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Armstrong a 'doper, dealer and liar' says US federal government

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Lance Armstrong rode with Astana when he made his TDU debut

Lance Armstrong rode with Astana when he made his TDU debut
(Image credit: Tim de Waele/TDWSport.com)
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There was always lots of media attention for Lance Armstrong when he rode the TDU

There was always lots of media attention for Lance Armstrong when he rode the TDU
(Image credit: Tim de Waele/TDWSport.com)
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Lance Armstrong in yellow leads Christophe Moreau back at the 2002 Dauphine

Lance Armstrong in yellow leads Christophe Moreau back at the 2002 Dauphine
(Image credit: Tim de Waele/TDWSport.com)
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Lance Armstrong and Marco Pantani approach the finish of Mont Ventoux shoulder-to-shoulder in 2000

Lance Armstrong and Marco Pantani approach the finish of Mont Ventoux shoulder-to-shoulder in 2000
(Image credit: Fotoreporter Sirotti)

In the on-going whistleblower lawsuit against Lance Armstrong, the federal government has called the former rider “a doper, dealer and liar,’ according to a report in USA Today.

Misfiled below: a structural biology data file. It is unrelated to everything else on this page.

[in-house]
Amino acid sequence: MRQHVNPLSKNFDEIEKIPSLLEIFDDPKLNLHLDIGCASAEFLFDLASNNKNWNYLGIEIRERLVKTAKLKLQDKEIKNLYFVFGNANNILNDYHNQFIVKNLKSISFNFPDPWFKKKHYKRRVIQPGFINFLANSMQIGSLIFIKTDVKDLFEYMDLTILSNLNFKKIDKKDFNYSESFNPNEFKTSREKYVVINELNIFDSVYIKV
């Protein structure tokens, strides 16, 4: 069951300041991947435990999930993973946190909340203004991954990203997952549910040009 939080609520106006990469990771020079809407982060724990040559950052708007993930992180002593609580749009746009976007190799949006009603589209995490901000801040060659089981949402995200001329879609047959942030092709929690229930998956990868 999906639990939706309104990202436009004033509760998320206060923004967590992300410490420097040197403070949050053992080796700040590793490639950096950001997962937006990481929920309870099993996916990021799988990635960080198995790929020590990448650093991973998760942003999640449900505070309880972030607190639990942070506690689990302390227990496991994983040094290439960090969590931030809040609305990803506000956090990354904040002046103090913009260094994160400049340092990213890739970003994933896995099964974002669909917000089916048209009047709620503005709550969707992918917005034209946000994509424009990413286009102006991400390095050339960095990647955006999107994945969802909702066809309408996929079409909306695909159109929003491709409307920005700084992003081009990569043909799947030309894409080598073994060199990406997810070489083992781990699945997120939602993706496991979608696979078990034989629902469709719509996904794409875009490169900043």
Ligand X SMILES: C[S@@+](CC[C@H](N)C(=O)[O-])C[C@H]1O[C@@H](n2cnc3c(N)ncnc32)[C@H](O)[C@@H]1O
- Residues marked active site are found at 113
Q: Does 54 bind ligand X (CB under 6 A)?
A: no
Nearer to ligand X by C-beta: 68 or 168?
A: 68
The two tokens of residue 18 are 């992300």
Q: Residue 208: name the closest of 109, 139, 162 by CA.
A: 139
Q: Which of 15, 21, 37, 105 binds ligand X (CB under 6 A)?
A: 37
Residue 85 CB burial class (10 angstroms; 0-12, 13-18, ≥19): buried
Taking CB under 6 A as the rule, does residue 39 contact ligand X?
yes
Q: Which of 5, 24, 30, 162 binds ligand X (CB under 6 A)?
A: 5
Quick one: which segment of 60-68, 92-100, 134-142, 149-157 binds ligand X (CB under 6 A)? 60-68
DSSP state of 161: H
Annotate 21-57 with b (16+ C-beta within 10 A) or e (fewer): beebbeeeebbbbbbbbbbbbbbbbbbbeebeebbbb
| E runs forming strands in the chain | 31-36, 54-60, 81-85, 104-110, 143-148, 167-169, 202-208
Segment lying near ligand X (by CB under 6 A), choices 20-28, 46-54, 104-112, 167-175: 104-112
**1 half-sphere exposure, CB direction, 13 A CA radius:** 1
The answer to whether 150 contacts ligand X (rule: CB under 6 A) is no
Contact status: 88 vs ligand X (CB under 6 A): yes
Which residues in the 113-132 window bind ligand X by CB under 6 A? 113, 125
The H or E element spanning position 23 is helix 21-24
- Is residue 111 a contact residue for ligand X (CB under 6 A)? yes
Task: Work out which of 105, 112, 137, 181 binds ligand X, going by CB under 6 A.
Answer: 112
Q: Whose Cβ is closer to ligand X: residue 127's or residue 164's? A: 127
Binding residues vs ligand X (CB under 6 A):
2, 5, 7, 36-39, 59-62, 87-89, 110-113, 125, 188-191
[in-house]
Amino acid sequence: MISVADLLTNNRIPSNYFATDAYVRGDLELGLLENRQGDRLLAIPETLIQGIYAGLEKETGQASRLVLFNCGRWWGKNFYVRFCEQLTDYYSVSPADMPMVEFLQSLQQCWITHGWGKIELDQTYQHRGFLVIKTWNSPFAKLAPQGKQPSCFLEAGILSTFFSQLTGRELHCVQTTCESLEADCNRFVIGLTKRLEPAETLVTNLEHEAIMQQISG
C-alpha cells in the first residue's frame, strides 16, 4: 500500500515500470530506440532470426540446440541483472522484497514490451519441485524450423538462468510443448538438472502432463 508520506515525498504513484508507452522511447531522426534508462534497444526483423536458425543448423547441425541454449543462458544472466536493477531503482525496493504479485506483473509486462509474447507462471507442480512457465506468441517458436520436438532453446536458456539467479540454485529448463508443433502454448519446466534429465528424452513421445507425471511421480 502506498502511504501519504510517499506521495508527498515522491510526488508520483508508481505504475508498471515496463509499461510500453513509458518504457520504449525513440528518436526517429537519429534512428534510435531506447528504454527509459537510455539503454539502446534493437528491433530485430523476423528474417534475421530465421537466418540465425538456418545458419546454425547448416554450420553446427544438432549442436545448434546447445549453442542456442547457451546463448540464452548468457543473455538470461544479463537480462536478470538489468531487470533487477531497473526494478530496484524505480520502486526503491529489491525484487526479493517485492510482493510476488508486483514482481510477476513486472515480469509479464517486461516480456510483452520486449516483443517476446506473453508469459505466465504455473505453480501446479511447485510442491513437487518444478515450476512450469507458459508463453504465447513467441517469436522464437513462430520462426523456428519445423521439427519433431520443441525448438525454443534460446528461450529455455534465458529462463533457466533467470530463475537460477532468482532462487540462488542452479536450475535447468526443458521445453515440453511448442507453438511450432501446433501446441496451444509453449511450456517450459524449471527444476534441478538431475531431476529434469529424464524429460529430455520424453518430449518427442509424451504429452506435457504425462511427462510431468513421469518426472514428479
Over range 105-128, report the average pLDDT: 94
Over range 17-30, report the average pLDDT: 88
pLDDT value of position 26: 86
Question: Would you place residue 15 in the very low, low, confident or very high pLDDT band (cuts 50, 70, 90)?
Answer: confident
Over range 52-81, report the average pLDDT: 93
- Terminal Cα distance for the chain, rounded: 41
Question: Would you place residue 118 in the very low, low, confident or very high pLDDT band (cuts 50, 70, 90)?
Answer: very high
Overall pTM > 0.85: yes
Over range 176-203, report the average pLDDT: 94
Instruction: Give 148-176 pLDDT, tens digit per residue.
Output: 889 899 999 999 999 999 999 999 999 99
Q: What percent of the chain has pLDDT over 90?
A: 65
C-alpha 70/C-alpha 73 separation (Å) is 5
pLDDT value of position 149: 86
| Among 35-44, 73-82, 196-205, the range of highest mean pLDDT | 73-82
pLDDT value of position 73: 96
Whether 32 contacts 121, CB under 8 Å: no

“No sponsor who knew the truth about how Armstrong achieved his apparent Tour de France victories would have paid any amount of money to sponsor him or his team,” US Justice Department attorneys wrote in a new 59-page report, according to USA Today.

The federal government is seeking retribution of nearly $100 million, and on Monday it filed the new report, which was written in response to Armstrong’s attorneys requesting a summary judgement and to have a portion of the federal government’s case thrown out, calling it misguided.

“Armstrong’s motion for summary judgment should be denied in its entirety, and this Court should set a date for trial,” attorneys representing the federal government added in the report.

The whistleblower lawsuit, which accuses Armstrong and former colleagues of defrauding the government, was originally filed by Armstrong's former teammate Floyd Landis under the Federal False Claims Act in 2010.

The US Justice Department joined the case in 2013 in an effort to recover sponsorship funding paid by the US Postal Service to the team between 1996 and 2004, a sum of roughly $40 million in sponsorship dollars.

Those figures have been brought forward by the federal government through 41 claims for payment during the sponsorship years. However, Armstrong’s attorneys have asked the judge to exclude those payment figures from the lawsuit saying that it was the Postal Service’s management company Tailwind Sports, not Armstrong, that had control over those accounts.